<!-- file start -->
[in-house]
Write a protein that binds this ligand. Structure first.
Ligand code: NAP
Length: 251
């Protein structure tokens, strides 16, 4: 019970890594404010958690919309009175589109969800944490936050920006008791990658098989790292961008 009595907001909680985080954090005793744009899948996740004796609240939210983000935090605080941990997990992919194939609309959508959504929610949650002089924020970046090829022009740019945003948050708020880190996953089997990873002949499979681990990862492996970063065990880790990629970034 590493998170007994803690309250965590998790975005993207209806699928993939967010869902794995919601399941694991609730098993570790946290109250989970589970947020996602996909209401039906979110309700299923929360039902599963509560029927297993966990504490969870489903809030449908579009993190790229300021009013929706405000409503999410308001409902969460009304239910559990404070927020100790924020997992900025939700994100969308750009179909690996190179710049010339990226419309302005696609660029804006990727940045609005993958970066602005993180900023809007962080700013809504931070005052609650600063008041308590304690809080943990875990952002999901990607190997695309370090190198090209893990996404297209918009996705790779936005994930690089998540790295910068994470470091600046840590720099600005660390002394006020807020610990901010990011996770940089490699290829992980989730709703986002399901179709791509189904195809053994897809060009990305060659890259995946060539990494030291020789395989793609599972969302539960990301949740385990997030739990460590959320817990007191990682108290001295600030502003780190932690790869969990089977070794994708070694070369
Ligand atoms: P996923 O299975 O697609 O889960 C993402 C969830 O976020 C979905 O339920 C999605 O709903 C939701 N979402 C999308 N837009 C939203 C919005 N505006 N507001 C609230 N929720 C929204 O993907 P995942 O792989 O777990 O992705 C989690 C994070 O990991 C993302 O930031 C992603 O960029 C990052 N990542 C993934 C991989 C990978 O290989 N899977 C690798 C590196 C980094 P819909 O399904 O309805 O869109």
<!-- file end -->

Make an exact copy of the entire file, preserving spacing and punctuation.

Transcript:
[in-house]
Write a protein that binds this ligand. Structure first.
Ligand code: NAP
Length: 251
């Protein structure tokens, strides 16, 4: 019970890594404010958690919309009175589109969800944490936050920006008791990658098989790292961008 009595907001909680985080954090005793744009899948996740004796609240939210983000935090605080941990997990992919194939609309959508959504929610949650002089924020970046090829022009740019945003948050708020880190996953089997990873002949499979681990990862492996970063065990880790990629970034 590493998170007994803690309250965590998790975005993207209806699928993939967010869902794995919601399941694991609730098993570790946290109250989970589970947020996602996909209401039906979110309700299923929360039902599963509560029927297993966990504490969870489903809030449908579009993190790229300021009013929706405000409503999410308001409902969460009304239910559990404070927020100790924020997992900025939700994100969308750009179909690996190179710049010339990226419309302005696609660029804006990727940045609005993958970066602005993180900023809007962080700013809504931070005052609650600063008041308590304690809080943990875990952002999901990607190997695309370090190198090209893990996404297209918009996705790779936005994930690089998540790295910068994470470091600046840590720099600005660390002394006020807020610990901010990011996770940089490699290829992980989730709703986002399901179709791509189904195809053994897809060009990305060659890259995946060539990494030291020789395989793609599972969302539960990301949740385990997030739990460590959320817990007191990682108290001295600030502003780190932690790869969990089977070794994708070694070369
Ligand atoms: P996923 O299975 O697609 O889960 C993402 C969830 O976020 C979905 O339920 C999605 O709903 C939701 N979402 C999308 N837009 C939203 C919005 N505006 N507001 C609230 N929720 C929204 O993907 P995942 O792989 O777990 O992705 C989690 C994070 O990991 C993302 O930031 C992603 O960029 C990052 N990542 C993934 C991989 C990978 O290989 N899977 C690798 C590196 C980094 P819909 O399904 O309805 O869109």